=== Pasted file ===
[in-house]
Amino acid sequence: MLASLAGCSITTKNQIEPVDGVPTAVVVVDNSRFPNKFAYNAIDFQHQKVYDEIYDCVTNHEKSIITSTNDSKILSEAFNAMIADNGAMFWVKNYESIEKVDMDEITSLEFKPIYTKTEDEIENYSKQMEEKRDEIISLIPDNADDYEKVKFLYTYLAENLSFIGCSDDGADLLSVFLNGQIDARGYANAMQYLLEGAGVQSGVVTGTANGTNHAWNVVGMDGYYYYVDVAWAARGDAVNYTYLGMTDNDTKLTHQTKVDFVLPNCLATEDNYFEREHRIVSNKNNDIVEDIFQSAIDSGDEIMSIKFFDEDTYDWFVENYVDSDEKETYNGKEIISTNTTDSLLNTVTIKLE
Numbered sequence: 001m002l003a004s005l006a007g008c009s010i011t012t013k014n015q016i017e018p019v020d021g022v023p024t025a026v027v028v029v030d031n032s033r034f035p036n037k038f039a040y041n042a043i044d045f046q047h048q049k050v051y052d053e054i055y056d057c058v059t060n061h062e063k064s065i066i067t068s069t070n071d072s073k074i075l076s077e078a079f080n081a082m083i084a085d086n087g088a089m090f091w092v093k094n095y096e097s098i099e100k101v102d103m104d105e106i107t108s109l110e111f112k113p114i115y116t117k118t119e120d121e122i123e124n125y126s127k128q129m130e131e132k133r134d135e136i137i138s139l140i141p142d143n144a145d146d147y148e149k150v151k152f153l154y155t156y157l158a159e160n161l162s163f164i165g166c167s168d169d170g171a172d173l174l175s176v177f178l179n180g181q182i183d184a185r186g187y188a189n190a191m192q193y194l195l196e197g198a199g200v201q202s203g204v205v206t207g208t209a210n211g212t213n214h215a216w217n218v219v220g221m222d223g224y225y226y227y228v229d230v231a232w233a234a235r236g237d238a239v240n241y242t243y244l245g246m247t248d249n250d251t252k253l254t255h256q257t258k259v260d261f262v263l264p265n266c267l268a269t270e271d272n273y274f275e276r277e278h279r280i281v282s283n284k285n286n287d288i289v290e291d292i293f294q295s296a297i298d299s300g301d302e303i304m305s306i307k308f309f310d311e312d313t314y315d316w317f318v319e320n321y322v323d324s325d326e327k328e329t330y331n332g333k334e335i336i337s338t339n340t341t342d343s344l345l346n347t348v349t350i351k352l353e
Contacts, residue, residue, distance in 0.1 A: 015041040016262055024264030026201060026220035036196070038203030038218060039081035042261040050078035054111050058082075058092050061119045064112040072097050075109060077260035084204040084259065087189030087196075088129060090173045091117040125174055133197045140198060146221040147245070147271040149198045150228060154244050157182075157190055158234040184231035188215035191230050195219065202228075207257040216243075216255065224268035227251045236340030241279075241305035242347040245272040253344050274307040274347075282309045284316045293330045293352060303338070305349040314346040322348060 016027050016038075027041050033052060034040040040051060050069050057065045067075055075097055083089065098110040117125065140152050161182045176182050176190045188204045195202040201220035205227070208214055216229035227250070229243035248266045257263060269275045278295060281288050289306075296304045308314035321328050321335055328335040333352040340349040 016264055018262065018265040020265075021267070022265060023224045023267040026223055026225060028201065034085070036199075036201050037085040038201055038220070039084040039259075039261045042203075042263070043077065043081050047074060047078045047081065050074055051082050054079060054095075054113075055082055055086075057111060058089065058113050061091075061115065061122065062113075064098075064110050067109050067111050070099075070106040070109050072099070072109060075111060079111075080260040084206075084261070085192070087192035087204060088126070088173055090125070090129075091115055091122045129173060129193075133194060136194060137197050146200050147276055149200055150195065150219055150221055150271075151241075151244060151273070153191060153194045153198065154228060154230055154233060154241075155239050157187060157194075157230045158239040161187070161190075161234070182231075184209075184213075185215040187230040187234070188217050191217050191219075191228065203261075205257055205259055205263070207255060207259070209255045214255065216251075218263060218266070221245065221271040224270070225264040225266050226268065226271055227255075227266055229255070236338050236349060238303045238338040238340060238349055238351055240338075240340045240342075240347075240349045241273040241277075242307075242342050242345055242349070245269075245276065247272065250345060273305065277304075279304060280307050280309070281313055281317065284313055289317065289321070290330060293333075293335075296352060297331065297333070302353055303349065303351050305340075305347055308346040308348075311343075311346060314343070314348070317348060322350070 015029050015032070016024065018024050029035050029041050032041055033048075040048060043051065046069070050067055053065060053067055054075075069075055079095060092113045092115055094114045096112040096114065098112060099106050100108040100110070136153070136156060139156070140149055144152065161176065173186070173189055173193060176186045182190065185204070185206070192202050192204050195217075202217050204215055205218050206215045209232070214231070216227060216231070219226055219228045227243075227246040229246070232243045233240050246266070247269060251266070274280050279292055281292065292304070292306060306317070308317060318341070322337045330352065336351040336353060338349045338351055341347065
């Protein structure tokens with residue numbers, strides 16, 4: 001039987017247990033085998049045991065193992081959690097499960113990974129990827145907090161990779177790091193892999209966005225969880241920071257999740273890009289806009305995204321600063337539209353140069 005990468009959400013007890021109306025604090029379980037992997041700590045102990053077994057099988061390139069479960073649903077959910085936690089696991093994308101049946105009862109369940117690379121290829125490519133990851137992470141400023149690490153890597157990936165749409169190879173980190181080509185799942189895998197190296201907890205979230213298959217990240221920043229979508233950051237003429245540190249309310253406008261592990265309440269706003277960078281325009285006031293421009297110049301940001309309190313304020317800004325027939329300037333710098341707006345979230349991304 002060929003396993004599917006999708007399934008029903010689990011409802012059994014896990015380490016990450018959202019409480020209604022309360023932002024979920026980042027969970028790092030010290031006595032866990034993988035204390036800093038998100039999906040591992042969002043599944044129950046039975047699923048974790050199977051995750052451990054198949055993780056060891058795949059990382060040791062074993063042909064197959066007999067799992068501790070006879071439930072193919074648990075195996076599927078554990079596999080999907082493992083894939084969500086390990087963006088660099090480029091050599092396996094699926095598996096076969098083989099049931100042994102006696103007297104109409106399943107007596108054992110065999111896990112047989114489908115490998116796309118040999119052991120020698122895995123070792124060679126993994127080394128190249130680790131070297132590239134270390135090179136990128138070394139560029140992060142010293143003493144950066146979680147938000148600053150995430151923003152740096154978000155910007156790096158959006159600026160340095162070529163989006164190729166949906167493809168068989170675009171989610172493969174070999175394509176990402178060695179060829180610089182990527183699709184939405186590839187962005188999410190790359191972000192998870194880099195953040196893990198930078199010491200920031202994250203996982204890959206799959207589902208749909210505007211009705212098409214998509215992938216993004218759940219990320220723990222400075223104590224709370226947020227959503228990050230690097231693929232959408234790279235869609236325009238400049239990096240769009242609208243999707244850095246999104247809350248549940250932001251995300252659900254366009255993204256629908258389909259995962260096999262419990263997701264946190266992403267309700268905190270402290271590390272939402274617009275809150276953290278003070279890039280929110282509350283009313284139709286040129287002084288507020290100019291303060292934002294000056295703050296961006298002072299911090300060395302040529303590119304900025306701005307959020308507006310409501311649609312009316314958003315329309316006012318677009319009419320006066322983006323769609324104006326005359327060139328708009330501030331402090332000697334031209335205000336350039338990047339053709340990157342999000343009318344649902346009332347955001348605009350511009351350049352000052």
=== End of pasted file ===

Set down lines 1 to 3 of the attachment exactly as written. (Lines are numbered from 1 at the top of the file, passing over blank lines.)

[in-house]
Amino acid sequence: MLASLAGCSITTKNQIEPVDGVPTAVVVVDNSRFPNKFAYNAIDFQHQKVYDEIYDCVTNHEKSIITSTNDSKILSEAFNAMIADNGAMFWVKNYESIEKVDMDEITSLEFKPIYTKTEDEIENYSKQMEEKRDEIISLIPDNADDYEKVKFLYTYLAENLSFIGCSDDGADLLSVFLNGQIDARGYANAMQYLLEGAGVQSGVVTGTANGTNHAWNVVGMDGYYYYVDVAWAARGDAVNYTYLGMTDNDTKLTHQTKVDFVLPNCLATEDNYFEREHRIVSNKNNDIVEDIFQSAIDSGDEIMSIKFFDEDTYDWFVENYVDSDEKETYNGKEIISTNTTDSLLNTVTIKLE
Numbered sequence: 001m002l003a004s005l006a007g008c009s010i011t012t013k014n015q016i017e018p019v020d021g022v023p024t025a026v027v028v029v030d031n032s033r034f035p036n037k038f039a040y041n042a043i044d045f046q047h048q049k050v051y052d053e054i055y056d057c058v059t060n061h062e063k064s065i066i067t068s069t070n071d072s073k074i075l076s077e078a079f080n081a082m083i084a085d086n087g088a089m090f091w092v093k094n095y096e097s098i099e100k101v102d103m104d105e106i107t108s109l110e111f112k113p114i115y116t117k118t119e120d121e122i123e124n125y126s127k128q129m130e131e132k133r134d135e136i137i138s139l140i141p142d143n144a145d146d147y148e149k150v151k152f153l154y155t156y157l158a159e160n161l162s163f164i165g166c167s168d169d170g171a172d173l174l175s176v177f178l179n180g181q182i183d184a185r186g187y188a189n190a191m192q193y194l195l196e197g198a199g200v201q202s203g204v205v206t207g208t209a210n211g212t213n214h215a216w217n218v219v220g221m222d223g224y225y226y227y228v229d230v231a232w233a234a235r236g237d238a239v240n241y242t243y244l245g246m247t248d249n250d251t252k253l254t255h256q257t258k259v260d261f262v263l264p265n266c267l268a269t270e271d272n273y274f275e276r277e278h279r280i281v282s283n284k285n286n287d288i289v290e291d292i293f294q295s296a297i298d299s300g301d302e303i304m305s306i307k308f309f310d311e312d313t314y315d316w317f318v319e320n321y322v323d324s325d326e327k328e329t330y331n332g333k334e335i336i337s338t339n340t341t342d343s344l345l346n347t348v349t350i351k352l353e